In the absence of credible evidence of a danger to her safety or that access to her property would unreasonably be impeded, the plaintiff has no legal basis to object to any driveway location chosen by the defendants and approved by the town. [Note 3] The town owns the roadway layout. Its inherent police powers grant it the power to make judgments in the interest of public safety and convenience. See Hammond v. County Comm’rs of Worcester, 154 Mass. 509 , 510-11 (1891). [Note 4] It has no obligation to maximize the value of the properties along its roadways in making those judgments. There was no evidence that the location of the defendants’ driveway across any portion of the roadway layout in front of the plaintiff’s property will affect her safety or impede her ability to access her land, so long as there is no parking or placement of any objects in that driveway. She may, in the future, wish to place her own access driveway across the layout in much the same location as the defendants’, but there is nothing to suggest that the town will seek to prevent it solely on that basis and the issue, of course, may never arise. It can be addressed when it does.

The analysis is different if the defendants intend to park or place any objects in the roadway layout. The town prohibits any parking along the roadway, and allowing such parking would apparently require a town meeting vote. [Note 5] Defs.’ Letter to the Ct. (Oct. 15, 2005). The only question is whether the plaintiff has standing to raise an objection to such parking (a private right of action to enforce the town regulation), and whether this court has jurisdiction to decide that objection. I conclude that the plaintiff has such standing for the area directly in front (i.e., straight ahead) of her frontage, [Note 6] and that the land court has jurisdiction.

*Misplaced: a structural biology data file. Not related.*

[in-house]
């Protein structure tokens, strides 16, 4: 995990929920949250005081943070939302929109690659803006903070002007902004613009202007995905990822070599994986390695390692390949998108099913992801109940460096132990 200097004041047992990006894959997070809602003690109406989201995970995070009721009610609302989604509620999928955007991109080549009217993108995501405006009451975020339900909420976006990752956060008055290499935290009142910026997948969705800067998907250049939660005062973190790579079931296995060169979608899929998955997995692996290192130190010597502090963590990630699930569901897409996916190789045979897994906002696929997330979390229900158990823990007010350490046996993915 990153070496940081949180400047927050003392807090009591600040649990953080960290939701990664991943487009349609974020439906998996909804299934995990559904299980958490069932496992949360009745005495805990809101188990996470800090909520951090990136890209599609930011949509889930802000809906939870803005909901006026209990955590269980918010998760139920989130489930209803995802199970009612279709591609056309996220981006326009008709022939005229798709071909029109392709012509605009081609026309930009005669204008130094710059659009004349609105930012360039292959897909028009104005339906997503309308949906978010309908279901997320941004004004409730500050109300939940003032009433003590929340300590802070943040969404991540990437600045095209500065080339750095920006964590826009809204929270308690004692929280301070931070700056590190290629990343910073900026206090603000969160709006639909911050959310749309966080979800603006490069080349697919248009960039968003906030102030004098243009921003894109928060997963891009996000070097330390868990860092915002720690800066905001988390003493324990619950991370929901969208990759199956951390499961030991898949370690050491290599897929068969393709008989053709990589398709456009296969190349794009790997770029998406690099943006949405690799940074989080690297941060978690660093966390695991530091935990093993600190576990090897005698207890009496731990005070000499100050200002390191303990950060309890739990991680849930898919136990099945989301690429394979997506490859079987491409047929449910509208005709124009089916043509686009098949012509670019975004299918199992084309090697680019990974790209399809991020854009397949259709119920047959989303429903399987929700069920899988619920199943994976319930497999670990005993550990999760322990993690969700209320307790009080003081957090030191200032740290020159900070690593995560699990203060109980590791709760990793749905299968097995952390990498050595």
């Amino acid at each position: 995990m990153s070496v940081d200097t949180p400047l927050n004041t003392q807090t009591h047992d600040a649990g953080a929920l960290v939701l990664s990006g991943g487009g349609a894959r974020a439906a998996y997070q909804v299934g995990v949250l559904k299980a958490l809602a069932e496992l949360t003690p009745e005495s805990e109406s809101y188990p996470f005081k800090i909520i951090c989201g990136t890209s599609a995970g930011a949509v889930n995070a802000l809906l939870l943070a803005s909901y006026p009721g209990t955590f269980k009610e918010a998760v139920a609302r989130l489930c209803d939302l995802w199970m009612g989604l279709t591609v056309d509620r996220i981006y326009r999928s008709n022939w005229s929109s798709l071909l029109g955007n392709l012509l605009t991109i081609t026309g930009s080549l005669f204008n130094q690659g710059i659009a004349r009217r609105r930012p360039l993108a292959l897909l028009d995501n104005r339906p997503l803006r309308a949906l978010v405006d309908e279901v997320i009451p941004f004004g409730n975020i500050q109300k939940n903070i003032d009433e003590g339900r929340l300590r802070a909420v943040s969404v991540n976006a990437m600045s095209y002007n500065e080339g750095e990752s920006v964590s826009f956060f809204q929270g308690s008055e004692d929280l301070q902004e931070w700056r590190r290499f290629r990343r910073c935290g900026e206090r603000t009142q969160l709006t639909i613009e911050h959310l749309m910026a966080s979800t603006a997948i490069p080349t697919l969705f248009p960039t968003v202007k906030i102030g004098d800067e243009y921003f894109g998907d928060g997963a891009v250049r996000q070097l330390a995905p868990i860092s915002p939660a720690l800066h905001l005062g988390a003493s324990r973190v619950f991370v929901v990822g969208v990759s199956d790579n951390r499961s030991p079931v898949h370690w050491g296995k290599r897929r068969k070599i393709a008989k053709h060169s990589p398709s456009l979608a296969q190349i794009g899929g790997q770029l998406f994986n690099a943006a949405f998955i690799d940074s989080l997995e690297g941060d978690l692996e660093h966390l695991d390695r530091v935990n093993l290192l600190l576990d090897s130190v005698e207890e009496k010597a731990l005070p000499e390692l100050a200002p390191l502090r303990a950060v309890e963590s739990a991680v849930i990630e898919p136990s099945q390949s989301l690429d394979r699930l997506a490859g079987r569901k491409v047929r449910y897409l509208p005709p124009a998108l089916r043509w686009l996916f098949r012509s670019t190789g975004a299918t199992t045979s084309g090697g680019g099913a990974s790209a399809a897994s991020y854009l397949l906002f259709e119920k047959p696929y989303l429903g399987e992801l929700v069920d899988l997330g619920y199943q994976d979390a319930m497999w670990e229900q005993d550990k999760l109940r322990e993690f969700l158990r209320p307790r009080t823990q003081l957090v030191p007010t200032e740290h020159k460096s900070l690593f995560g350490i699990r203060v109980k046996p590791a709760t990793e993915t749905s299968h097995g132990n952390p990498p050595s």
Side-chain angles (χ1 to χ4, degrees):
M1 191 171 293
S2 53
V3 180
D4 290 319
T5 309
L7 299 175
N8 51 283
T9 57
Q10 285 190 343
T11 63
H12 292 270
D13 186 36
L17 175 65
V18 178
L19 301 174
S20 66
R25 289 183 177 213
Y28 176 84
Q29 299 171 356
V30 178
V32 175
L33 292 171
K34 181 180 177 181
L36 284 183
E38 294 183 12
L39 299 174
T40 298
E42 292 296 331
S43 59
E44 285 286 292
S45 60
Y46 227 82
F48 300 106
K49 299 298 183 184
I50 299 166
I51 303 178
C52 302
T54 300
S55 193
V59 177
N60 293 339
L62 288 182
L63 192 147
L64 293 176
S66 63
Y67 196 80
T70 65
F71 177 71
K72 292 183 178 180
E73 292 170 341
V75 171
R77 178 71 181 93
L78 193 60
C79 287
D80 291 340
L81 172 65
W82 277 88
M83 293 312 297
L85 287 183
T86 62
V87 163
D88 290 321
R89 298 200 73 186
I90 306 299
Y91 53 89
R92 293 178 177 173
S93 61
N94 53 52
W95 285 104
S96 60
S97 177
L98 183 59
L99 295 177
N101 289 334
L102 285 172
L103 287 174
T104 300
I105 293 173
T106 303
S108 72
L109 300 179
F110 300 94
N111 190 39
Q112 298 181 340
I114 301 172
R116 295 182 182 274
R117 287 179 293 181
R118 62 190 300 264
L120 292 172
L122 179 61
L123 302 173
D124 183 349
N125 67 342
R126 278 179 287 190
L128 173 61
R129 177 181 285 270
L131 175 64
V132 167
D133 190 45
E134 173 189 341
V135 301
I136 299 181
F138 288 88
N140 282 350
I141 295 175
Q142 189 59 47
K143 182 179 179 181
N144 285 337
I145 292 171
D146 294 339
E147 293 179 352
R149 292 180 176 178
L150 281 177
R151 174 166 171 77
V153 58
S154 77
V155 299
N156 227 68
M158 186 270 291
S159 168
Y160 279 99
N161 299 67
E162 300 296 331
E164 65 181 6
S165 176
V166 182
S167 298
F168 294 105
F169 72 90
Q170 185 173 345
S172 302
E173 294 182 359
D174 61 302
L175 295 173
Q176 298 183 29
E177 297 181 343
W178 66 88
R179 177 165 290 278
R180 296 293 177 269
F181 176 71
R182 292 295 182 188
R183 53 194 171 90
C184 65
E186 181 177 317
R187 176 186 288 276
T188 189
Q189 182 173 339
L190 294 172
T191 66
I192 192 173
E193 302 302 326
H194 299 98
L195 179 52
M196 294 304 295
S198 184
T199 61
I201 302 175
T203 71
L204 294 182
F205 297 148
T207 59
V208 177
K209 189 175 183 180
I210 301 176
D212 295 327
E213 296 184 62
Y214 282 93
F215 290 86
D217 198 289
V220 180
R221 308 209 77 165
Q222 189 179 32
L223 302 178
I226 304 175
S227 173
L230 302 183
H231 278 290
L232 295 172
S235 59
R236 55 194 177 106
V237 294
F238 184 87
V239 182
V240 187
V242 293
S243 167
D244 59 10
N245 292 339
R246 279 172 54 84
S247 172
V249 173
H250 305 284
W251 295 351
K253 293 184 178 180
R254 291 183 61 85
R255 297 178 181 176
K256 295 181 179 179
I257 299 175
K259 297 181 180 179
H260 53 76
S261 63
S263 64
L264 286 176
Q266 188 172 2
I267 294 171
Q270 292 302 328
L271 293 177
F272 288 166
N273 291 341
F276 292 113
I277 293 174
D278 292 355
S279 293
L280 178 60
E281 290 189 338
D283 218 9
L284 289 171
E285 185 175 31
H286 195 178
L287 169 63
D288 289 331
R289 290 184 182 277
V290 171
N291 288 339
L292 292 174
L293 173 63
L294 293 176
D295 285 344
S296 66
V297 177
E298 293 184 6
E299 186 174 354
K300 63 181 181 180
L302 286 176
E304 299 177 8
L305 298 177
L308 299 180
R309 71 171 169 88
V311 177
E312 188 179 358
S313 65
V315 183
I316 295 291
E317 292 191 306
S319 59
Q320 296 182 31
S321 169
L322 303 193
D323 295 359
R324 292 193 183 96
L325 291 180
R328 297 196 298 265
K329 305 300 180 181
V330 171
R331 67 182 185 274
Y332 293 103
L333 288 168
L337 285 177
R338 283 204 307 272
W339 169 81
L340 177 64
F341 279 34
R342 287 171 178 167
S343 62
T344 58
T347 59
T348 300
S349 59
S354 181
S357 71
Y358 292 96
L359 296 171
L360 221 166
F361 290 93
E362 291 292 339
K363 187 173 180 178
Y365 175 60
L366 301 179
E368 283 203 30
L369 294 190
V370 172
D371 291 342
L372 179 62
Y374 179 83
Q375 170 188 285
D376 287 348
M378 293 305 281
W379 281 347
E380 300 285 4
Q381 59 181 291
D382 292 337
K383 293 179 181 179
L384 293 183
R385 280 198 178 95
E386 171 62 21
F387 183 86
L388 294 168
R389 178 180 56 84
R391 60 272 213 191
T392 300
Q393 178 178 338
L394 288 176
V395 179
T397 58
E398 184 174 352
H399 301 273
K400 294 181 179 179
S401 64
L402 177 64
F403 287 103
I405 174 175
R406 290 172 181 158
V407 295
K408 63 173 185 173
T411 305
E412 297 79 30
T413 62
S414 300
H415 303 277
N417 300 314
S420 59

The cause of action, in essence, is “public nuisance” and the issues are (1) whether non-emergency parking in a public roadway layout in violation of municipal law is a public nuisance and, if so, (2) can Ms. Lambert be a private plaintiff in such an action.

A public nuisance, as described by the Restatement (Second) of Torts § 821B (1979), is an “unreasonable interference with a right common to the general public.” Massachusetts specifically recognizes the obstruction of a public way as a public nuisance. See, e.g., Stop & Shop Companies, Inc. v. Fisher, 387 Mass. 889 , 894 (1983). “Under the common law of the Commonwealth, a private plaintiff may maintain a public nuisance action if the public nuisance has caused the plaintiff some special injury of a direct and substantial character other than that borne by the general public.” Planned Parenthood League of Massachusetts, Inc. v. Bell, 424 Mass. 573 , 577-578 (1997). Impairing a plaintiff’s access to a public way is such a “special injury.” Stop & Shop Companies, Inc., 387 Mass. at 895. Thus, the plaintiff has standing to challenge that impairment.

Parking or placing objects in front of the plaintiff’s frontage (i.e., between the plaintiff’s front boundary and the paved portion of the roadway) will clearly and substantially affect her ability to access her property. The topography of her land is such that the most practical route of access is either over or near the area where the defendants propose to build their driveway and park their cars. See Exhibit C. Moreover, the plaintiff has the same right of access to the paved portion of public way as the defendants, and the defendants’ impairment of access to any portion of the plaintiff’s frontage (i.e., a blockage of any part of the area straight ahead from her front property line to the pavement) is an infringement of that right. See Anzalone, 257 Mass. at 36 (“[a]ccess to a public way is one of the incidents of ownership”); Centebar, 268 Mass. at 124 (“undoubtedly a right of access to and from the public way is an incident of his ownership of this land”).